A Ray Of Sunshine

It was my first attempt at DIY hair dying.

My friend had transformed her dull brown

into glossy chestnut and Patricia thought

it perfect to transform her unnatural blond.

So I helped her out.

Tiger Lily, it said on the packet. 

Well tigers are a chest-nutty brown,

Or so we thought.

But on a base of blond

the result was unexpected.

Could any creature,

any plant,

be quite so bright,

oranger than orange,

more fiery than fire.

And this was before the days of punk

when the colour would have been lauded 

and sort after.

Not then.

Early for the emergency hairdresser,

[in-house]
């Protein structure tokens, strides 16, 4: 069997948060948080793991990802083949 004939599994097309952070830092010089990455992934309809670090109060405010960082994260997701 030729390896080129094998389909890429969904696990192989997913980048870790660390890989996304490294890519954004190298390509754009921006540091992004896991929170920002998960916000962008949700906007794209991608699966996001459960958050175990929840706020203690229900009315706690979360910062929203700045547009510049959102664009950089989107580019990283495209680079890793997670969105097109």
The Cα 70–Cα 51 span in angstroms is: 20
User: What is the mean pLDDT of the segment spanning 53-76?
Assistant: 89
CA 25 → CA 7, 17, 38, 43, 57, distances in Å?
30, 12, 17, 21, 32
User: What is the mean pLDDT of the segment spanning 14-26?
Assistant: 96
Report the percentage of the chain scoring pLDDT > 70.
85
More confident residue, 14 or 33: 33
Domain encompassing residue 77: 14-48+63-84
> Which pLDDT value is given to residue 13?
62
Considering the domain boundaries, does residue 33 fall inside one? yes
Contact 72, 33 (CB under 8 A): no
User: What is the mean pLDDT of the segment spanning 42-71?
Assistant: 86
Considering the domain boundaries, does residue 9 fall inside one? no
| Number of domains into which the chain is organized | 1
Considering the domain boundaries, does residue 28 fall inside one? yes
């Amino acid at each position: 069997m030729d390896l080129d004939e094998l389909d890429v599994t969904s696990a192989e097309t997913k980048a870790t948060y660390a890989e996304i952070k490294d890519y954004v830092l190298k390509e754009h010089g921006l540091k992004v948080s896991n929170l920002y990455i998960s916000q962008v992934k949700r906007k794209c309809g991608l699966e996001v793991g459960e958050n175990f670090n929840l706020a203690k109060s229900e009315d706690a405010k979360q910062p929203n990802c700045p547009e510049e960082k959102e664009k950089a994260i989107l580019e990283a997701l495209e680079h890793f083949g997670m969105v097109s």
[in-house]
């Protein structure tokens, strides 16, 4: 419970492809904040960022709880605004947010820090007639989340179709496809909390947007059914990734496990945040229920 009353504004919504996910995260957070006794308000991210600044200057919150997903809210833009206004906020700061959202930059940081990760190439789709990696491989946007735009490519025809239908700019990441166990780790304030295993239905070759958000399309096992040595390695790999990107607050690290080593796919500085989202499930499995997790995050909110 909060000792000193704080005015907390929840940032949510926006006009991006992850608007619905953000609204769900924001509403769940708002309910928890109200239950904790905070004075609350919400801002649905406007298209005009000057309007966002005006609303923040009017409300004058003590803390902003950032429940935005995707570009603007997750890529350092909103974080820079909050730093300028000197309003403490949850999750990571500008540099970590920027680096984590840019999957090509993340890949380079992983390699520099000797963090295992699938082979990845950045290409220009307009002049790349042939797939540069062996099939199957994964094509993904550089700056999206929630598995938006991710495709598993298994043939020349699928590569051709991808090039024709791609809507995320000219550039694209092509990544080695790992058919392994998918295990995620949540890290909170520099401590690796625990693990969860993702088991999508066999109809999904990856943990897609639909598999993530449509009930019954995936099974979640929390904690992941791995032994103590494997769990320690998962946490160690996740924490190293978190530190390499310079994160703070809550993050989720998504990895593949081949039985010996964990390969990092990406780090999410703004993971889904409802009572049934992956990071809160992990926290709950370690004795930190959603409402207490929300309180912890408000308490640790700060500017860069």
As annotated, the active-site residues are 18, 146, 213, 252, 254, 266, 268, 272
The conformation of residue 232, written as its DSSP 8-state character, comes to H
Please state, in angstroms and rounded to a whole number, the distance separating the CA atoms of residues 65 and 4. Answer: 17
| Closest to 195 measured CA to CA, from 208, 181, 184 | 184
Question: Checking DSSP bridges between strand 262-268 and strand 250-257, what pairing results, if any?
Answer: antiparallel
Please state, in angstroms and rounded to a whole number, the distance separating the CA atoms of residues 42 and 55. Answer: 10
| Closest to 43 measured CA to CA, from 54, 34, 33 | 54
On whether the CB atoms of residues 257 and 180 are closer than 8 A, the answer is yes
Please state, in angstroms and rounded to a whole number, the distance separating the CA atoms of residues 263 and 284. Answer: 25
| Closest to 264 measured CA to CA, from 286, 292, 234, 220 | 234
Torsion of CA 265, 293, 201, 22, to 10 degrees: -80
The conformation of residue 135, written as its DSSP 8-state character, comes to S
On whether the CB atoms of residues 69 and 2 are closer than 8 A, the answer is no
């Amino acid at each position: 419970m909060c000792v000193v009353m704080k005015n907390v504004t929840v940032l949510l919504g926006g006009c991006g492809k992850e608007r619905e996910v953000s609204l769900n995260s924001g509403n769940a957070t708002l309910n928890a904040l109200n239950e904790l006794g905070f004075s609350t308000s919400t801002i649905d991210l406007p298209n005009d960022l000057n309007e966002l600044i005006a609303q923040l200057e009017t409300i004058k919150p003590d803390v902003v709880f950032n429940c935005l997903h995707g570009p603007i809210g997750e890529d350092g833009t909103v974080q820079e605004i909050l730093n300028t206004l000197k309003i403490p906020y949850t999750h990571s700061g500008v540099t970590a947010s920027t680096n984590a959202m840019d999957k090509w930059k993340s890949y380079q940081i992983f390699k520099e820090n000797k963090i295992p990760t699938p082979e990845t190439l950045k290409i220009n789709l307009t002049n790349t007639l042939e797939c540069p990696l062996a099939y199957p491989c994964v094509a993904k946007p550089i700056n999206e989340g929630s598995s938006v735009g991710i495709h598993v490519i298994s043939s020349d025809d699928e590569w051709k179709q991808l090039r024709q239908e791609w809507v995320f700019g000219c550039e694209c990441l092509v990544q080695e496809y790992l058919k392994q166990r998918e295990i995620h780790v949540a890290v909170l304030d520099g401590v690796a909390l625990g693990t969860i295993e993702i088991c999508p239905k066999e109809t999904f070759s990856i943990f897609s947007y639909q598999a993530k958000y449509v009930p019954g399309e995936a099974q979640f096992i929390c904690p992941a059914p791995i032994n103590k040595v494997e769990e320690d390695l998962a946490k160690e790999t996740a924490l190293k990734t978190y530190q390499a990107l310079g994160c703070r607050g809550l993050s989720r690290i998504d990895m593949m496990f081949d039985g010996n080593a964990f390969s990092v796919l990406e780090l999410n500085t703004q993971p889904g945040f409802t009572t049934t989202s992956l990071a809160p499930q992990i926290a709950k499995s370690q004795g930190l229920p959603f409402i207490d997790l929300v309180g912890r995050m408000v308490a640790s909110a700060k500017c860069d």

Patricia called into the butcher’s shop.

In spite of the warm day

she made sure that 

the hood of her duffle coat was

pulled firmly forward,

hiding what lay


She told me later that she focused

on the large spider on the coat

of the woman in front of her

in the queue

to control her anxiety.

“Did you brush it off for her,”

I asked?


“It seemed quite at home there”,

she told me.

Her turn came.

and then horror!

“Here comes my little ray of sunshine,”

he smiled!

Blood and sand!

She thought he could see it.

But he was just being friendly,

like the spider.



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